Life Saving Device for Heart Patients
Special Device Offers a Bridge to Recovery

ALTWallace Drenzek, age 82, doesn’t remember being connected to a ventricular assist device (VAD) following his heart-valve repair surgery in December, but he was for five days.


During a follow-up visit after a colonoscopy last December, Mr. Drenzek’s doctor was concerned about his breathing and sent him to the emergency department at Baystate Mary Lane Hospital in Ware.


“They found that my heart wasn’t working well,” says Mr. Drenzek, who lives in Ware with his wife Sylvia. Doctors determined that his mitral and tricuspid valves were faulty and his heart enlarged, and booked him for surgery at Baystate Medical Center in Springfield.


Following surgery, “Mr. Drenzek’s heart was unable to support him in the short term, so we used the VAD as a bridge to his recovery,” says Dr. Daniel Engelman, the Baystate cardiac surgeon who operated.


Recovery from cardiac surgery can be challenging by any measure. For many patients, especially the elderly, the stress of surgery to repair blocked arteries or leaky valves can leave their hearts in a weakened state, unable to efficiently pump blood throughout the body and further complicating their recovery.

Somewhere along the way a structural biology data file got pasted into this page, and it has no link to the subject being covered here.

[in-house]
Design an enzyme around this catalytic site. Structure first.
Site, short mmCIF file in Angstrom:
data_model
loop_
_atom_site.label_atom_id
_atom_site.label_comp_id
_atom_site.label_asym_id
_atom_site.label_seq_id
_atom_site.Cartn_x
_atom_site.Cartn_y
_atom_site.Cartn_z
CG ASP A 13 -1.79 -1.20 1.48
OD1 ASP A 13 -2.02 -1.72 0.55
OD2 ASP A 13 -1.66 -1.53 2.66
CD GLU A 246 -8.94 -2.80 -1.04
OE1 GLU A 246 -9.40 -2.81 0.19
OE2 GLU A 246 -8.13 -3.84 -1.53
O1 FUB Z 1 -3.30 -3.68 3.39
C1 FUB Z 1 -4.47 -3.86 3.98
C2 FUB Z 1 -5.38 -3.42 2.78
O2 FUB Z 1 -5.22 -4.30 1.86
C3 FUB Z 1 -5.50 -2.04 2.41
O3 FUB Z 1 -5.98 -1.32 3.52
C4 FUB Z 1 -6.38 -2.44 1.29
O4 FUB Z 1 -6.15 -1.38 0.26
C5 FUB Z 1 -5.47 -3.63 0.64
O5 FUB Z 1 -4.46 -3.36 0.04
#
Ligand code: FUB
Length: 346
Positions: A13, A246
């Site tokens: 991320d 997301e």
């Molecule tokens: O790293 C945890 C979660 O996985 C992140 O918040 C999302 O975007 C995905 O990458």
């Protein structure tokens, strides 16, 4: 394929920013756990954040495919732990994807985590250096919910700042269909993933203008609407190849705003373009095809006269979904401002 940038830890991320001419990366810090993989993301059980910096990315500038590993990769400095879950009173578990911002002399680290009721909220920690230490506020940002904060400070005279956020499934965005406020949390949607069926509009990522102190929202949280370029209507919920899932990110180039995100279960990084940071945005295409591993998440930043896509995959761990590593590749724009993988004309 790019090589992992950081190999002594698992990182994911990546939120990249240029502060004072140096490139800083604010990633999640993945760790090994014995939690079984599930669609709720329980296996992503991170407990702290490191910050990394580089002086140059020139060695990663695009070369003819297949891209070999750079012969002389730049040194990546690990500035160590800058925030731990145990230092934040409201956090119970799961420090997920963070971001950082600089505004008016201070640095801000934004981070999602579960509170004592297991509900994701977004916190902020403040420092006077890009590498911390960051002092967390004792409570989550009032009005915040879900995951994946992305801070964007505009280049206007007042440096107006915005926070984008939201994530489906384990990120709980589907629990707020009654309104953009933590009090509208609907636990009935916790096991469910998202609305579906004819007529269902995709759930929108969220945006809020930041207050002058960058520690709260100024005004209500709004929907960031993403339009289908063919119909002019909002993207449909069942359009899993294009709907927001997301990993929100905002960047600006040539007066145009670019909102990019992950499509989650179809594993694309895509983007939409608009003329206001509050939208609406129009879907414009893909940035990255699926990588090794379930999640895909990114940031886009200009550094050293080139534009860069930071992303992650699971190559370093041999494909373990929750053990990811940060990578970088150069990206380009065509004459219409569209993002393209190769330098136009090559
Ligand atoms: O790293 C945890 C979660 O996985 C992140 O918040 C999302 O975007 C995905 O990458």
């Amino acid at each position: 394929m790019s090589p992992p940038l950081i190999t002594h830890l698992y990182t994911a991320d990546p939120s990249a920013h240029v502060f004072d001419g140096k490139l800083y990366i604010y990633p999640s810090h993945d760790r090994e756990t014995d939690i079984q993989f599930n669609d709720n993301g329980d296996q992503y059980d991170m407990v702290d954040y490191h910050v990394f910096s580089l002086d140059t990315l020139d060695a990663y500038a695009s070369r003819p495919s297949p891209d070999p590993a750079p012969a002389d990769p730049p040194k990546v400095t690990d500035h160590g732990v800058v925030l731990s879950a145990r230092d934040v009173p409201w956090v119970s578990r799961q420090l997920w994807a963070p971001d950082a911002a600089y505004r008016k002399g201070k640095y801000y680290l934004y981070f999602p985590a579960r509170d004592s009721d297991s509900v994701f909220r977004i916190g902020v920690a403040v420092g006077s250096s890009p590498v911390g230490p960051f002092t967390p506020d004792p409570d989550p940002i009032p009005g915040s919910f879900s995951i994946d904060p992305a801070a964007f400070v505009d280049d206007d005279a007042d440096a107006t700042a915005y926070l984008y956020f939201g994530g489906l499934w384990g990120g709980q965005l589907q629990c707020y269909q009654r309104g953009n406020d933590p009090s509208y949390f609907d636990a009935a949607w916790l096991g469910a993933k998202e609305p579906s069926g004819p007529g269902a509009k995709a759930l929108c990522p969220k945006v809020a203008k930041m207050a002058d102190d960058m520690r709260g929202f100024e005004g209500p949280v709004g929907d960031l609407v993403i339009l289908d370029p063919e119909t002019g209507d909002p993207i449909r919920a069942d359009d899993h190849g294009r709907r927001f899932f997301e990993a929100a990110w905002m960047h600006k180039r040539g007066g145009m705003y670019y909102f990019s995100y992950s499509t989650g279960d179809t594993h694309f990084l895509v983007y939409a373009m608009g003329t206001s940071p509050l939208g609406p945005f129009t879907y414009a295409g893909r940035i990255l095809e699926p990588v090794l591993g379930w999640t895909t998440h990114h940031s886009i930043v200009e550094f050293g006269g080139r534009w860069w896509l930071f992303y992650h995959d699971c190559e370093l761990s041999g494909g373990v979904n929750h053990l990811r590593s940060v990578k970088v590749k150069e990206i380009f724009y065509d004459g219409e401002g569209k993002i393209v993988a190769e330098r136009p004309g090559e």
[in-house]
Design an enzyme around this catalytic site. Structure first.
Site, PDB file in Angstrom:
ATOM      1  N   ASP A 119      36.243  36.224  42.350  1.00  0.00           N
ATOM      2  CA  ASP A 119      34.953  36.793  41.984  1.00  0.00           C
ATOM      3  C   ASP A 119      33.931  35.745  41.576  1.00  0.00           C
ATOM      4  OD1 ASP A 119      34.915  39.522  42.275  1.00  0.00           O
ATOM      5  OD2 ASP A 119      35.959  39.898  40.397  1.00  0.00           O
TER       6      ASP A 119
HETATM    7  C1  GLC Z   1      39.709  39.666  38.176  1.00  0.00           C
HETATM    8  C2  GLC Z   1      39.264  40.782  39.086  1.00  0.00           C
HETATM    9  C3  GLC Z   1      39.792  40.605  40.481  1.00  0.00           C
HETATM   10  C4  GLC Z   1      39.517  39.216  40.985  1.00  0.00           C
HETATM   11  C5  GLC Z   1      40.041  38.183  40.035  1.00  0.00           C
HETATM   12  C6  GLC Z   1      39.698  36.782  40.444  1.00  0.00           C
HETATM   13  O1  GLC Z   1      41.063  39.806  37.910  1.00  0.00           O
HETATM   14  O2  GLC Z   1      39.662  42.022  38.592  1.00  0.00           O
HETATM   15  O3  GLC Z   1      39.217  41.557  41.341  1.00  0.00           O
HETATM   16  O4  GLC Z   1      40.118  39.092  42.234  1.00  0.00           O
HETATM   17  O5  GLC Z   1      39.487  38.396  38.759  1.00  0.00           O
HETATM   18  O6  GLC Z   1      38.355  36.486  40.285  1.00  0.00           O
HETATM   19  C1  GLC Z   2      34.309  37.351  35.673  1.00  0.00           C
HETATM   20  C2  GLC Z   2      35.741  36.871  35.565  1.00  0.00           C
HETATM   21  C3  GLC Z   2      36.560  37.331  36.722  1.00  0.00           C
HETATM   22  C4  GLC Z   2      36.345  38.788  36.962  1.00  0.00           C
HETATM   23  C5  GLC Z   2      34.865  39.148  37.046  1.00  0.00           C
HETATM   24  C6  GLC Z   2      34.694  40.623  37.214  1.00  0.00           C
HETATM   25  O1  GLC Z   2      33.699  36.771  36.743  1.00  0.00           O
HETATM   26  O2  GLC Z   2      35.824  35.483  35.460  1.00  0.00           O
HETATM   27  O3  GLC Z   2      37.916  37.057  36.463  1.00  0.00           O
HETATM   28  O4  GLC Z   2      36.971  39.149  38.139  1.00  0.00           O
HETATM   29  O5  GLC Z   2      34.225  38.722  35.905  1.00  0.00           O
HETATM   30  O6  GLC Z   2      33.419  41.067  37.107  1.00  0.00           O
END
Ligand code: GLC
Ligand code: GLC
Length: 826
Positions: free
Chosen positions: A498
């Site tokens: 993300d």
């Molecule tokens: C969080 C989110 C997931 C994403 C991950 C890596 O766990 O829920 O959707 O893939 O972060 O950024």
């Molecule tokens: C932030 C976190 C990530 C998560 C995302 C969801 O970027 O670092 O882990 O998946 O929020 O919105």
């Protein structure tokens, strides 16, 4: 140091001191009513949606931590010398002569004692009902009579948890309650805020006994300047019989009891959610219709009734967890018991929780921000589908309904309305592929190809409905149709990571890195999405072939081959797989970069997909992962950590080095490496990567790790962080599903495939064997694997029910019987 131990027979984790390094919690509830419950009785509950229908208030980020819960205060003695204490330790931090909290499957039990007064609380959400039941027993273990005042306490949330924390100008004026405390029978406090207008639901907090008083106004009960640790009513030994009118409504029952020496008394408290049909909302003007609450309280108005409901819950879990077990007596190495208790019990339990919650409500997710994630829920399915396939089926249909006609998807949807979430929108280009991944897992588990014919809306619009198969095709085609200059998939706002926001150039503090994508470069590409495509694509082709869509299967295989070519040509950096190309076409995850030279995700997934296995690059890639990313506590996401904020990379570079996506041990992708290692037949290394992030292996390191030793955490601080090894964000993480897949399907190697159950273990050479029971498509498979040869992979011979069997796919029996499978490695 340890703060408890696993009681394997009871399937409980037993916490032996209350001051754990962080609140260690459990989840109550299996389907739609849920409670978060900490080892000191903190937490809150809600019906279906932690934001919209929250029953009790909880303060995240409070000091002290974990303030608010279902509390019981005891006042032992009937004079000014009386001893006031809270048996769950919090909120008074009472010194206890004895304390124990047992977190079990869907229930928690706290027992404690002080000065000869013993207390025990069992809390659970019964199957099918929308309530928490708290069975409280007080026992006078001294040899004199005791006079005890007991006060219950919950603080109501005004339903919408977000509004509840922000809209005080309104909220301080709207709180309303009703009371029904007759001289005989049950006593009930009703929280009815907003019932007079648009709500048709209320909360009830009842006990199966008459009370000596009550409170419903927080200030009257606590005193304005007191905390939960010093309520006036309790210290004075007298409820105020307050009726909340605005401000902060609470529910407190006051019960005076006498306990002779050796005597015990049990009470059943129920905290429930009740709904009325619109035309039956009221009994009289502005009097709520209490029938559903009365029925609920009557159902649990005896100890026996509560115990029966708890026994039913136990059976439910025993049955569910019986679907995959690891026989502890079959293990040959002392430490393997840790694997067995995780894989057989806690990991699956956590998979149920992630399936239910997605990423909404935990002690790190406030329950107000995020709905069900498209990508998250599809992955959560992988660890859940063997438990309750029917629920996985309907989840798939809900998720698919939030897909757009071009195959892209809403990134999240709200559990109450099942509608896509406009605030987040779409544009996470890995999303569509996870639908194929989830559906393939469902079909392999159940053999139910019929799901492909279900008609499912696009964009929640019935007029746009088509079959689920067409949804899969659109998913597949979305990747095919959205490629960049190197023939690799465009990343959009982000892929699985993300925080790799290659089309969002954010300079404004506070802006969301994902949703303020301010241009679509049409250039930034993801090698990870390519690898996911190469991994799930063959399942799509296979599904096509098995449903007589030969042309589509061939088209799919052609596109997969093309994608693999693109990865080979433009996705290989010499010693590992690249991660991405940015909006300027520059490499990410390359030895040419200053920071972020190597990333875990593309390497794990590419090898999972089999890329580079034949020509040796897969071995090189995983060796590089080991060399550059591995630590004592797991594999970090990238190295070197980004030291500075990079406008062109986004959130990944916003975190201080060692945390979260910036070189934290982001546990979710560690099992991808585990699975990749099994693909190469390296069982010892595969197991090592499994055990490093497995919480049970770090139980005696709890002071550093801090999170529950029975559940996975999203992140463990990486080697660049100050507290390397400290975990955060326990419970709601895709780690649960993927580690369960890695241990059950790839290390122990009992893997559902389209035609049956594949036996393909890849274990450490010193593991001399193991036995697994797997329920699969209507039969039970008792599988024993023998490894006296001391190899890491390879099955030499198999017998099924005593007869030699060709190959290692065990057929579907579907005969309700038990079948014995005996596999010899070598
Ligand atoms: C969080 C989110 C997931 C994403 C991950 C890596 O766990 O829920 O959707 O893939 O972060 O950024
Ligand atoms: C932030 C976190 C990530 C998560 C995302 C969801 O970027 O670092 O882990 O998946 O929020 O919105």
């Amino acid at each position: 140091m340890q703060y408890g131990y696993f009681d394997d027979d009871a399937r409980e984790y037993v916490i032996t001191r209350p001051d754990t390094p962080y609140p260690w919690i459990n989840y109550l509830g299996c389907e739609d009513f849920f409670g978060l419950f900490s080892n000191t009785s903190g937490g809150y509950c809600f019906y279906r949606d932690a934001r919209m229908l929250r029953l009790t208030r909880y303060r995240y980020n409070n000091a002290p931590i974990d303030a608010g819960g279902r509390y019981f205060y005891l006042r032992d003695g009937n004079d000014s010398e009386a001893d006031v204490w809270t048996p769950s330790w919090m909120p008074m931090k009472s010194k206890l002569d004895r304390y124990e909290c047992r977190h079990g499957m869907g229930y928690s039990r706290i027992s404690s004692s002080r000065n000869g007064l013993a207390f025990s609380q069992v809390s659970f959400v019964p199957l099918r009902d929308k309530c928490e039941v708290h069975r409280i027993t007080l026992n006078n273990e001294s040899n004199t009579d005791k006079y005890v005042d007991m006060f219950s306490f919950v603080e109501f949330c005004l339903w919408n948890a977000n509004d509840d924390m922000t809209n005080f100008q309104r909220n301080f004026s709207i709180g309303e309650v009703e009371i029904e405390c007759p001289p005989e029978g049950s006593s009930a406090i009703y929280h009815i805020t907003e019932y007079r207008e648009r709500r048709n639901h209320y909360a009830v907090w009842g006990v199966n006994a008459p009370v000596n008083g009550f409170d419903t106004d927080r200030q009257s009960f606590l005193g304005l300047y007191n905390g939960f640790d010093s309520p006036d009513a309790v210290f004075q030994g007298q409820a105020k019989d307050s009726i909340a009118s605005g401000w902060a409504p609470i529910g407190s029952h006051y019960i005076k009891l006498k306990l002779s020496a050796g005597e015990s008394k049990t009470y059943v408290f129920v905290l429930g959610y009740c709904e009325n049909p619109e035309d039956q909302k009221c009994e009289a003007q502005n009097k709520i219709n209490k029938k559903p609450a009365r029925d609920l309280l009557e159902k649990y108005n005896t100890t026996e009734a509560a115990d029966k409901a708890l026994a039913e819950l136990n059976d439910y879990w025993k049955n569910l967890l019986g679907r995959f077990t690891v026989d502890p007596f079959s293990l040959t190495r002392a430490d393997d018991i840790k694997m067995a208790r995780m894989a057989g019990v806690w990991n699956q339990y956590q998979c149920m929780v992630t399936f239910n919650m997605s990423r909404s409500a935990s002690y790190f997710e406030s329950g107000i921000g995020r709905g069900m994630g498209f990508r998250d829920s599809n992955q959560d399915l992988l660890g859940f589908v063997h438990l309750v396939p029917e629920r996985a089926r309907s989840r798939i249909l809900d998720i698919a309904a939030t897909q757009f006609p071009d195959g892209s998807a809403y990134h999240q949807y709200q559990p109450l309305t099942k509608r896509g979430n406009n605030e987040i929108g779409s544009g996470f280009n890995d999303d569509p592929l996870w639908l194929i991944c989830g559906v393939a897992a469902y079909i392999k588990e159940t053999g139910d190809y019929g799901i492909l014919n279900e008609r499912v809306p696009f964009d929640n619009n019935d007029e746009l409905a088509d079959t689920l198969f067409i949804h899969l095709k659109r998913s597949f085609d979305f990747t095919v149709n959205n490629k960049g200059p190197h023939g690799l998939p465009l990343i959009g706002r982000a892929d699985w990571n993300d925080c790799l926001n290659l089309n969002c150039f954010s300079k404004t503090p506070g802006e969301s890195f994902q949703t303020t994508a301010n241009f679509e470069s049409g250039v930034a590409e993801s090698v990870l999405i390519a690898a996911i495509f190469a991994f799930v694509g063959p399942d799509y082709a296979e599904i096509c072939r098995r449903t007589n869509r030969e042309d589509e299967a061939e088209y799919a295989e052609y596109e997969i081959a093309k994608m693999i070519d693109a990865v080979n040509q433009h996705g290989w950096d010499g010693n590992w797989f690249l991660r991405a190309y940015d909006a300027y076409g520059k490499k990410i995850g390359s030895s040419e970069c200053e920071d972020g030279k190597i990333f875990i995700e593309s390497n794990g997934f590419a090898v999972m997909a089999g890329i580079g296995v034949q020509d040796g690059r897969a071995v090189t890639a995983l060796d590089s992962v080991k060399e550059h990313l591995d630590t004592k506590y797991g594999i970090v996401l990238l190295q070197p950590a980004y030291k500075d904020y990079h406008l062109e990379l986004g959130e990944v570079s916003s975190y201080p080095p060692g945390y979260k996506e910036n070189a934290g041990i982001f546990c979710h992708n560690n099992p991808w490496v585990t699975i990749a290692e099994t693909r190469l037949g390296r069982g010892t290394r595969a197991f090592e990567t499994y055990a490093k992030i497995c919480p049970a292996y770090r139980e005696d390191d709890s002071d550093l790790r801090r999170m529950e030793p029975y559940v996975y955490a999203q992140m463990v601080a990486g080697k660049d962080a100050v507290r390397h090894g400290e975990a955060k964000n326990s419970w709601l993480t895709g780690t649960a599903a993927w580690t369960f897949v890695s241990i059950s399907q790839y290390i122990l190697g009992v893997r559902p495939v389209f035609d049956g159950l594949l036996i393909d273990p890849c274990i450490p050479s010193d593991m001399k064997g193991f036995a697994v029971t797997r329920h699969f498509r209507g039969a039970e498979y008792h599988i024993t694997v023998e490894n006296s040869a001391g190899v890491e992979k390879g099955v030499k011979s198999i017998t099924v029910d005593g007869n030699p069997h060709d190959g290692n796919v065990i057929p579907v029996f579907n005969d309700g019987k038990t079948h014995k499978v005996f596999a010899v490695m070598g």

A VAD is a mechanical circulatory device used to either partially or completely replace the function of a failing heart. Some VADs are intended for short-term use in patients following surgery or a heart attack, while others are implanted for longer-term use in patients with heart failure as they await a transplant.


The VAD used at Baystate is an external device, about six inches in diameter. It takes blood from the right atrium and sends it to a pump–Dr. Engelman describes it as a “spinning wheel inside a plastic casing”–which sends it back into the lungs for oxygenation followed by distribution to the rest of the body and vital organs, just like a healthy heart would.


Dr. Engelman says Baystate is one of only a few hospitals in Massachusetts using VADs in high-risk elderly patients. “We’re confident that in appropriate candidates, this technology can improve recovery rates and save lives,” he says.